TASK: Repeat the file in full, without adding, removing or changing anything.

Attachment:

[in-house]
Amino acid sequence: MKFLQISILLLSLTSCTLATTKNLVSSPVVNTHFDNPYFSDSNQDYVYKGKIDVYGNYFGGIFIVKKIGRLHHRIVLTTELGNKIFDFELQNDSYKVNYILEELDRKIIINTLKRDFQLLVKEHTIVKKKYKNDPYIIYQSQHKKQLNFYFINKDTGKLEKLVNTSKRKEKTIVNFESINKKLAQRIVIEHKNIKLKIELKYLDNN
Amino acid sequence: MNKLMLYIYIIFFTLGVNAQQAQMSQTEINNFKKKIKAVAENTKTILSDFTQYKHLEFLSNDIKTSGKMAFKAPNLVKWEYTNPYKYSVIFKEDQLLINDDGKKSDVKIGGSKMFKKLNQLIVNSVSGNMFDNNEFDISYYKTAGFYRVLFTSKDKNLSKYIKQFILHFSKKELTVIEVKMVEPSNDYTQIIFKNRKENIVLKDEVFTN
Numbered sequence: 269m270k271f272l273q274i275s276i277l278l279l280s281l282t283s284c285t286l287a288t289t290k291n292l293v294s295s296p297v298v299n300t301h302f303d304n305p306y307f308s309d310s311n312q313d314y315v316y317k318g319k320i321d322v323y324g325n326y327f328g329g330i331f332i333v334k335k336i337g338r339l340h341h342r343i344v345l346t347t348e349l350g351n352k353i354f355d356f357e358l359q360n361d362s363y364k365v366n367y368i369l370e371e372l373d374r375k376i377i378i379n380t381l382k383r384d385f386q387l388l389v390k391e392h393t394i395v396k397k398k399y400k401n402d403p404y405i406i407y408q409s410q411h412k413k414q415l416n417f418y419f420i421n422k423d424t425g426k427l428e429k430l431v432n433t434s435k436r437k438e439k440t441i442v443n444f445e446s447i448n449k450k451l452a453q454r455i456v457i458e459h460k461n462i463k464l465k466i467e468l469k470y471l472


[in-house]
Amino acid sequence: MKFLQISILLLSLTSCTLATTKNLVSSPVVNTHFDNPYFSDSNQDYVYKGKIDVYGNYFGGIFIVKKIGRLHHRIVLTTELGNKIFDFELQNDSYKVNYILEELDRKIIINTLKRDFQLLVKEHTIVKKKYKNDPYIIYQSQHKKQLNFYFINKDTGKLEKLVNTSKRKEKTIVNFESINKKLAQRIVIEHKNIKLKIELKYLDNN
Amino acid sequence: MNKLMLYIYIIFFTLGVNAQQAQMSQTEINNFKKKIKAVAENTKTILSDFTQYKHLEFLSNDIKTSGKMAFKAPNLVKWEYTNPYKYSVIFKEDQLLINDDGKKSDVKIGGSKMFKKLNQLIVNSVSGNMFDNNEFDISYYKTAGFYRVLFTSKDKNLSKYIKQFILHFSKKELTVIEVKMVEPSNDYTQIIFKNRKENIVLKDEVFTN
Numbered sequence: 269m270k271f272l273q274i275s276i277l278l279l280s281l282t283s284c285t286l287a288t289t290k291n292l293v294s295s296p297v298v299n300t301h302f303d304n305p306y307f308s309d310s311n312q313d314y315v316y317k318g319k320i321d322v323y324g325n326y327f328g329g330i331f332i333v334k335k336i337g338r339l340h341h342r343i344v345l346t347t348e349l350g351n352k353i354f355d356f357e358l359q360n361d362s363y364k365v366n367y368i369l370e371e372l373d374r375k376i377i378i379n380t381l382k383r384d385f386q387l388l389v390k391e392h393t394i395v396k397k398k399y400k401n402d403p404y405i406i407y408q409s410q411h412k413k414q415l416n417f418y419f420i421n422k423d424t425g426k427l428e429k430l431v432n433t434s435k436r437k438e439k440t441i442v443n444f445e446s447i448n449k450k451l452a453q454r455i456v457i458e459h460k461n462i463k464l465k466i467e468l469k470y471l472